Favoured Fantasies (CHRD015)
This is a charming disc of works by David Bowerman, partly musings on pieces by other composers (such as the opening Isolde Fantasy, or Fantasy on a Theme of Elgar), but with some fully original compositions as well, including the Cello Sonata. The pieces are well crafted and pleasing, and all are excellently performed, in most cases by those for whom they were written.
British Flute Concertos: Dove, Alwyn, Berkeley (CHAN 10718)
This recent Chandos release opens with Jonathan Dove's The Magic Flute Dances, in which Mozart's magic flute weaves its own imagined song, incorporating themes and tunes sung by other characters in the opera. It is a suitably enchanting piece, and is followed by the beautiful and evocative Concerto by William Alwyn. The ensuing Poulenc is an arrangement made by Lennox Berkeley for flute and orchestra of the Sonata for Flute and Piano - it works superbly well, and Berkeley's own Flute Concerto closes the disc. There is excellent solo playing from Emily Beynon and superb accompaniment from the BBC National Orchestra of Wales under the skilful and assured baton of Bramwell Tovey.
Elgar: Cello Concerto &c. (CHAN 10709)
A performance of the Cello Concerto in E minor with Paul Watkins as the soloist and Sir Andrew Davis conducting the BBC Philharmonic Orchestra opens this disc of popular works by Sir Edward Elgar. Watkins does not wear his heart on his sleeve in this rendition, yet his playing is nevertheless evocative, and this would be a good choice for those looking for a modern interpretation of the work. It is followed by the Introduction and Allegro (with some good shimmering strings) and Elegy. The Pomp and Circumstance Marches round off the programme. Again, they are not quite as swaggering and rumbustious as they might be, but this performance nevertheless catches the mood reasonably well.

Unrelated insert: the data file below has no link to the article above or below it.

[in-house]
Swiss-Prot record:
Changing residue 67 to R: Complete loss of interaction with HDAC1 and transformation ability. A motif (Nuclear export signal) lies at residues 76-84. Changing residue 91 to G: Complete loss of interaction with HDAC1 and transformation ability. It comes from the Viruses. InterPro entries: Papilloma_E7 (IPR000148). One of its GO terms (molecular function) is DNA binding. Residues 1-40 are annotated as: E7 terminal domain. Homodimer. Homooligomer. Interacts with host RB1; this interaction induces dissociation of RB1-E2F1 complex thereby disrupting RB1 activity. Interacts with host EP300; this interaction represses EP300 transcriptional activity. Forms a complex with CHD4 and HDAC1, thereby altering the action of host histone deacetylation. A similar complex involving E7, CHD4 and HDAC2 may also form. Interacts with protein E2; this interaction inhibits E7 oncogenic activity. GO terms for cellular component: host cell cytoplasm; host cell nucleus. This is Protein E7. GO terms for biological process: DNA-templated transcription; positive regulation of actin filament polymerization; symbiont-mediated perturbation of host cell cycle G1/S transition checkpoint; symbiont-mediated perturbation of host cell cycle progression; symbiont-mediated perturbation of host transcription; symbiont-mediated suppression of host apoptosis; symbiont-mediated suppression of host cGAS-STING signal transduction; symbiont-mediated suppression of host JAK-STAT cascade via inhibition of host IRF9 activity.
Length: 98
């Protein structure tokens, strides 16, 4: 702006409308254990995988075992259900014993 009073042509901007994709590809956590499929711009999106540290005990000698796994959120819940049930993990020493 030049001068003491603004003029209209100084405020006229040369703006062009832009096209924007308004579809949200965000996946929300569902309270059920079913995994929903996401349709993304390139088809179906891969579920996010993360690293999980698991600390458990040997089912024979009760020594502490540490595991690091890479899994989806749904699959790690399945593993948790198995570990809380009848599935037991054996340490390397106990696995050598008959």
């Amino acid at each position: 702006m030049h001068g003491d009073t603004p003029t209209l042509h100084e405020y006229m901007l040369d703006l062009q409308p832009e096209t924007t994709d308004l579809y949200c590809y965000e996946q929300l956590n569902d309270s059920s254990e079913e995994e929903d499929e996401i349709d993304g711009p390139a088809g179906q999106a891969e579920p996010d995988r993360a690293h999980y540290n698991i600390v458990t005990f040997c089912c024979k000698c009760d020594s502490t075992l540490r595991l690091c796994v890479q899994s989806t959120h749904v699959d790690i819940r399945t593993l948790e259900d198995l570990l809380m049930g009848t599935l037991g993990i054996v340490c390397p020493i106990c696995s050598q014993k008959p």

British Clarinet Sonatas (CHAN 10704)
Michael Collins is accompanied by Michael McHale on this excellent disc of clarinet sonatas by John Ireland, Sir Charles Villiers Stanford, Sir Arthur Bliss, Sir Arnold Bax and Herbert Howells. These interesting, well crafted works are here given definitive performances.
Great British Choral Works (COR16092)
This disc from The Sixteen under the direction of Harry Christophers is heavily focused on early music, with popular works by Purcell, Tallis and Handel (extracts from The Fairy Queen and the Messiah, for example), yet also with pleasing inclusions from Carver, Cornysh and Sheppard, ravishingly performed. The centuries between Handel and Britten are not covered, but MacMillan, Britten, Tavener and Tippett represent contemporary music. There is nothing particularly innovative or ground-breaking about this disc; it is simply fine music, beautifully sung.
Blow: Venus and Adonis (cpo 777 614-2)
This lavish disc, recorded almost a year after the semi-staged production of which it seeks to "recapture" the "glory" (and succeeds), features the Boston Early Music Festival Vocal and Chamber Ensembles under the direction of Paul O'Dette and Stephen Stubbs, with Amanda Forsythe as Venus, Tyler Duncan as Adonis and Mireille Lebel as Cupid. Everything about this issue speaks of quality, with fine music making, and no expense spared on production--the notes include the libretto and photographs from the performance, as well as artist biographies. Venus and Adonis comes in at only fifty minutes, so the disc also contains Welcome, Ev'ry Guest, the Ground in G minor for Two Violins and Continuo, and Chloe Found Amyntas Lying All in Tears. Impressive.
Pipings and Bowings (msv28522)
This disc covers three lesser-known composers: Michael Hurd, Robin Milford and Dick Blackford. The works featured are mostly for violin and piano (Richard Howarth and Peter Lawson) or recorder (John Turner) and piano, although the Manchester Chamber Ensemble also feature in a couple of works. The music is pleasant and attractive, if not particularly deep; the highlight is Milford's Fantasia in B minor for String Quartet. The performances are of a reasonably high standard, and this is completely inoffensive, enjoyable light listening.